"Rough, but Not Ready for Prime Time"
What You Need To Know:
THE MAGNIFICENT SEVEN has a solid story structure, with exciting, suspenseful and even funny moments. However, the introduction of the seven heroes is not as fun, or as heroic, as the 1960 movie. So, it’s harder to sympathize with them. The movie does contain some strong, overt Christian references, coming mostly from the farmers and the Indian fighter. That said, there’s an inordinate amount of foul, profane language and a high body count. So, extreme caution is advised for this new MAGNIFICENT SEVEN.
(CC, BB, Acap, FR, CapCap, LLL, VVV, S, AA, DD, M) Strong Christian, moral worldview includes prayers to God, townsfolk recite Lord’s Prayer, and good, generosity, mercy, forgiveness, and sacrifice for others prevail over evil, greed, brutality, refusal to repent, and taking advantage of physically weaker people, and a brief anti-capitalist element where the villain has a warped sense of capitalism, money, the American Dream and faith, but he’s clearly blinded by his greed, brutality and self-serving attitude, and there are some positive examples of capitalism to counteract this, but the movie’s positive worldview is mitigated by lots of foul, profane language and a theme of revenge that permeates parts of the story; 36 obscenities (mostly “d,” “h” and “s” words with a few SOBs), eight strong profanities (seven GDs and one mentioning Jesus), three light profanities; very strong violence overall with a high body count but only some blood includes people and horses blown up, many gunfights with point blank shootings, fighting, bad guys have old-fashioned machine gun, people shot with arrows, people use hatchets on other people (including good guy shown swinging hatchet against people after he knocks bad guys down), men fall off horses, horses fall; no sex but a person makes a sexual innuendo to fornication in one scene and a couple references to past crimes of rape; no nudity; alcohol use and slight drunkenness; smoking and two allusions to smoking marijuana which are unclear; and, revenge, villain sets fire to church, greed but rebuked, cheating but rebuked.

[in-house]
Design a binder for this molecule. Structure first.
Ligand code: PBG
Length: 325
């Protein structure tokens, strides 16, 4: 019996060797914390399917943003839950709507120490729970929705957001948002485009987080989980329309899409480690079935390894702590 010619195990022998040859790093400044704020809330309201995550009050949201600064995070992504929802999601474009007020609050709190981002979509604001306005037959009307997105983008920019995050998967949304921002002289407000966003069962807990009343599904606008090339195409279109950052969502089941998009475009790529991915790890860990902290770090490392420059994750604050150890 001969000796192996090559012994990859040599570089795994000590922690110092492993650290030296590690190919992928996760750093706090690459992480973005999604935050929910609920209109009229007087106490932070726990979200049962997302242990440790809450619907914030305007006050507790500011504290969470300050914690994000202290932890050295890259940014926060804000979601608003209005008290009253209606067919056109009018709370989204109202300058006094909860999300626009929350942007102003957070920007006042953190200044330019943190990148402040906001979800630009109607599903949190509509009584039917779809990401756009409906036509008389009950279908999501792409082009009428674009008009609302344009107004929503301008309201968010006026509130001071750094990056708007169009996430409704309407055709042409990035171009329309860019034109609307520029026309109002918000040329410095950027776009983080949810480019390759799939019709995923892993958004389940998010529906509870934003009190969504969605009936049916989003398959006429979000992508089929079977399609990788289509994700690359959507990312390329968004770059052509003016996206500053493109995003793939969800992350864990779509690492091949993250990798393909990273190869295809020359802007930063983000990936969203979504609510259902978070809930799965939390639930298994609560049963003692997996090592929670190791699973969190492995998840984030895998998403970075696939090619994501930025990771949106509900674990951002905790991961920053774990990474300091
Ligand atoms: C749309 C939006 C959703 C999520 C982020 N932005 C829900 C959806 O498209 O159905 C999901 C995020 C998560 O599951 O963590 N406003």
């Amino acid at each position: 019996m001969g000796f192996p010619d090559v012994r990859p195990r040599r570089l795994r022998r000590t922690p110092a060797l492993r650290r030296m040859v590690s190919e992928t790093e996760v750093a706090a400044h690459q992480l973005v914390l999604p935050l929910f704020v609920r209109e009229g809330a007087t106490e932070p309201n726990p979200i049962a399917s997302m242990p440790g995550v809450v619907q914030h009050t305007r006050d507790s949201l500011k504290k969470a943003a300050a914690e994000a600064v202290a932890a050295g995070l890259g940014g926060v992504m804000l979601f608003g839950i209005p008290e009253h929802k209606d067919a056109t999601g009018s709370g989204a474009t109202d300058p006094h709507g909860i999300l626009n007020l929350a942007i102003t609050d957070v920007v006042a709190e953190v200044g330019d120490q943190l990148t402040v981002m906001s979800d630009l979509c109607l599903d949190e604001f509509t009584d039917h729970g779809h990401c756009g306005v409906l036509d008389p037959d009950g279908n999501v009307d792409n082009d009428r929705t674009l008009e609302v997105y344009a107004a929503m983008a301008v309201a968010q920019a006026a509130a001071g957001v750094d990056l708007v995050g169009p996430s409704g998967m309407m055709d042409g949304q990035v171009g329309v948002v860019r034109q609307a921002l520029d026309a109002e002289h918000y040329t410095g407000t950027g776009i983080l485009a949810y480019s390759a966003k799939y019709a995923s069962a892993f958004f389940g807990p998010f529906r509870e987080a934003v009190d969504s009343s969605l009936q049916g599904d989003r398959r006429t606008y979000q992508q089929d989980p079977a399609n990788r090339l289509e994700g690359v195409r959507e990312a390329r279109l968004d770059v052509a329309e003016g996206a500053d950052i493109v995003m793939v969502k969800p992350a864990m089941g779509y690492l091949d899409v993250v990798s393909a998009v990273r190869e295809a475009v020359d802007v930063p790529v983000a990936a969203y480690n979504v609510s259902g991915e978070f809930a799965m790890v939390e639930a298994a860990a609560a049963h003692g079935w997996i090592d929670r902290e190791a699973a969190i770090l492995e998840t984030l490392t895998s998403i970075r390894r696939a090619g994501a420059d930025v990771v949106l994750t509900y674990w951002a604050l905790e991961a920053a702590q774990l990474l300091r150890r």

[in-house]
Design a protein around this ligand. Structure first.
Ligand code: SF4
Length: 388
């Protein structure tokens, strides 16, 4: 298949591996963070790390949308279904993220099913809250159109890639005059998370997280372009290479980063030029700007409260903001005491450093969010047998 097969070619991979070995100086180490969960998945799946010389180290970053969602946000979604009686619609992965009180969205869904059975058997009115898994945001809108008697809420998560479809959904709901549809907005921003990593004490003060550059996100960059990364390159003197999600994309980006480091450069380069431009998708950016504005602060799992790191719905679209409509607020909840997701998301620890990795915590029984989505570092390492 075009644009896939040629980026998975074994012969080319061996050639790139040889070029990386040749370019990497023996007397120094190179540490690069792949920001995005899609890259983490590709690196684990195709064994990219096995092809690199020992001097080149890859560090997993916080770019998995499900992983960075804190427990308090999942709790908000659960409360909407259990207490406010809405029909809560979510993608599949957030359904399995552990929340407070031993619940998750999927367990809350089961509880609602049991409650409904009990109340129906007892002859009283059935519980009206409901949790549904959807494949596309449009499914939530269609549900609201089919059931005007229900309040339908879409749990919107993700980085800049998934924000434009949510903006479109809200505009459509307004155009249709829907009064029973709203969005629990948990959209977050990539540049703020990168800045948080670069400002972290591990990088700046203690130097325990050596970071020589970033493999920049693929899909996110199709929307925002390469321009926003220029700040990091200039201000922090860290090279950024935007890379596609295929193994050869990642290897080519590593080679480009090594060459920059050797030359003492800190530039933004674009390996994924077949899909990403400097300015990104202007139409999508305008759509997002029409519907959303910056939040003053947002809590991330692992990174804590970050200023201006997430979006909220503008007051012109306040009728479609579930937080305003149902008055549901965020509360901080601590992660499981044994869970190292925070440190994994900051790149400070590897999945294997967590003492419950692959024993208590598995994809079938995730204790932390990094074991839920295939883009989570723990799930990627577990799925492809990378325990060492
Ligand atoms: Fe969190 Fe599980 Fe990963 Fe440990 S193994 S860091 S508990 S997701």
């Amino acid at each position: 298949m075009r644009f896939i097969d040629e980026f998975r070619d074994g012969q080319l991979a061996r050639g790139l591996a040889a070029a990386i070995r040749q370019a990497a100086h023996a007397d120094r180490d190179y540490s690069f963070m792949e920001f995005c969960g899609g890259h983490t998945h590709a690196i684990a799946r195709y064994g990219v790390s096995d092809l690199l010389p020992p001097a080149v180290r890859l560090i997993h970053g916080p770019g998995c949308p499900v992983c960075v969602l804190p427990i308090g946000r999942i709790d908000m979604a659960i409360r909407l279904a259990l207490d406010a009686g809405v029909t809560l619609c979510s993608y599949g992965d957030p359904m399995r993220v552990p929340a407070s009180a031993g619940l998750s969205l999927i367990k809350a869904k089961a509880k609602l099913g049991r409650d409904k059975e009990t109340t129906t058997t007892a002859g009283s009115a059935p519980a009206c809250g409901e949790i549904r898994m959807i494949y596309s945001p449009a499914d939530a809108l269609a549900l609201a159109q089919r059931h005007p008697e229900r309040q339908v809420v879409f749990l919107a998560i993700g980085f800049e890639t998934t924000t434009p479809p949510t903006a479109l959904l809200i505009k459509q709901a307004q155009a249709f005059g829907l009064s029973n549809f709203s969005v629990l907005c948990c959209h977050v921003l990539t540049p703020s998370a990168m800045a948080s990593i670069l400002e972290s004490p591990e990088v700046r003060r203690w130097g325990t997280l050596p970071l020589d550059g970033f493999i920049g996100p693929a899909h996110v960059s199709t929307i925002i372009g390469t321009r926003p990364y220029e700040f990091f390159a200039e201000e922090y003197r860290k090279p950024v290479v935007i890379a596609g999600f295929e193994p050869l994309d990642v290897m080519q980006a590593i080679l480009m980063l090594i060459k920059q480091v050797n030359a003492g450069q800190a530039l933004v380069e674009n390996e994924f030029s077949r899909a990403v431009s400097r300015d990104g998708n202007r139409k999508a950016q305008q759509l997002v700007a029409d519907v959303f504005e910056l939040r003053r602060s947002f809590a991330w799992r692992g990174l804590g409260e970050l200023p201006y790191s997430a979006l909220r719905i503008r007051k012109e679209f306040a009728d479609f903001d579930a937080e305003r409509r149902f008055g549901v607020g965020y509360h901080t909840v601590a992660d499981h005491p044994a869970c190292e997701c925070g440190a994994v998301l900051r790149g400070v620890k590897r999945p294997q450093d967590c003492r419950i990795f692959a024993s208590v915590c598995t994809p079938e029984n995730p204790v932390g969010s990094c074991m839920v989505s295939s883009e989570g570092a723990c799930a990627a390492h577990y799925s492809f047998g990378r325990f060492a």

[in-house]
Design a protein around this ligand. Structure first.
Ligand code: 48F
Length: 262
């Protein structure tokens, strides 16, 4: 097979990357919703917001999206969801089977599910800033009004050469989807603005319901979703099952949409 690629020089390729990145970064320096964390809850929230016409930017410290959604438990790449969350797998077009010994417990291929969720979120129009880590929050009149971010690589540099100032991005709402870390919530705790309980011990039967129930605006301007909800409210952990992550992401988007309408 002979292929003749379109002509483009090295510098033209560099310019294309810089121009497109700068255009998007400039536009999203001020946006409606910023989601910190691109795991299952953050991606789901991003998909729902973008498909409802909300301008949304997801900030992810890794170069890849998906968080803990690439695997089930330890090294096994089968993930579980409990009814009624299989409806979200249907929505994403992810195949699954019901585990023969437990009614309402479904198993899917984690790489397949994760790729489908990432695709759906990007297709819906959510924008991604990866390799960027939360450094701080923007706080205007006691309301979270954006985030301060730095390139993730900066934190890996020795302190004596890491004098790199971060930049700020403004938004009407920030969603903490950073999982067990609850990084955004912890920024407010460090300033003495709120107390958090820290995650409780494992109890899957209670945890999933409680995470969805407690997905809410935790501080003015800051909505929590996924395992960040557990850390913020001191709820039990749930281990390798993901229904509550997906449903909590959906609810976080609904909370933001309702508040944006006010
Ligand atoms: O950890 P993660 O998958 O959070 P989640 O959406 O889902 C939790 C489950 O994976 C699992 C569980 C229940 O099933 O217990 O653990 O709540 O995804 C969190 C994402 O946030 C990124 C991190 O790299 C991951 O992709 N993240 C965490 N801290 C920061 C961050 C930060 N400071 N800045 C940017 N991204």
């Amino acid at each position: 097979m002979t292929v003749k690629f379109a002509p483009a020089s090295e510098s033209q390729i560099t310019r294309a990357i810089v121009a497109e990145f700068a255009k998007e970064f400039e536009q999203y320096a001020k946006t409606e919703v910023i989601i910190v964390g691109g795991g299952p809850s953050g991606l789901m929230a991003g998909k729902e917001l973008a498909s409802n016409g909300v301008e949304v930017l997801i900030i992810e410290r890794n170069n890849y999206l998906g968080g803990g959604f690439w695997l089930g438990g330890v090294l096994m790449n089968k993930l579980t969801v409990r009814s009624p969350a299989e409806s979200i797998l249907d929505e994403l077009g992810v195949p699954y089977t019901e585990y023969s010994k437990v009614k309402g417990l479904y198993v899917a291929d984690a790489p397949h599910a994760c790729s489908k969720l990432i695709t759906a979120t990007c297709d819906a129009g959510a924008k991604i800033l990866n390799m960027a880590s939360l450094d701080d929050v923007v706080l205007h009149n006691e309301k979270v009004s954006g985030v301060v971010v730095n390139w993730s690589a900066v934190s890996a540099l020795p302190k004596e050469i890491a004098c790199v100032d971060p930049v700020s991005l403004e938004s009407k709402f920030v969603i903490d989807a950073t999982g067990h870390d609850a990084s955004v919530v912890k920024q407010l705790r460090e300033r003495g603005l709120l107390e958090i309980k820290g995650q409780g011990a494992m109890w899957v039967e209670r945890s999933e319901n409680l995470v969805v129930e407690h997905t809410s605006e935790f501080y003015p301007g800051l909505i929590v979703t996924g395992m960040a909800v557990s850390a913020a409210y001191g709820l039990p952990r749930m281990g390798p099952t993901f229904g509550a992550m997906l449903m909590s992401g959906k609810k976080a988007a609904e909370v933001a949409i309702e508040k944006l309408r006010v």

THE MAGNIFICENT SEVEN, the 2016 remake of the iconic 1960 western starring Yul Brynner and Steve McQueen, takes the basic story and envisions the seven gunfighters/warriors fighting to protect a town of farmers from the evil owner of a mining company trying to steal their land. This new MAGNIFICENT SEVEN has a surprising amount of overt Christian references, but it emasculates the heroism of the 1960 classic movie and adds an even higher body count and too many obscenities and strong profanities, so it’s not half as enjoyable, inspiring or sweeping as the original.
Hollywood keeps trying to do remakes of classic movies like this, but they very seldom get it right. In fact, they usually fail miserably to capture the spirit of the original movies. Such is mostly the case with this MAGNIFICENT SEVEN. A recent, pleasing exception to this problem was Disney’s THE JUNGLE BOOK, a powerful live action remake of their 1967 animated classic.
The 2016 MAGNIFICENT SEVEN starts with the farmers of Rose Creek, California. The local mine owner, a man named Bogue, is infamous for stealing land from regular folks for his various business enterprises. An army of paid gunslingers helps him do such vile deeds. Bogue interrupts a church meeting organized by the town’s farmers. He offers them pennies on the dollar for their land. When a few of the men object, his bodyguards kill them, including the husband of a feisty redheaded woman named Emma. Bogue then tells the farmers he’ll return in three weeks from a business trip to collect his money, their abandoned land or their heads.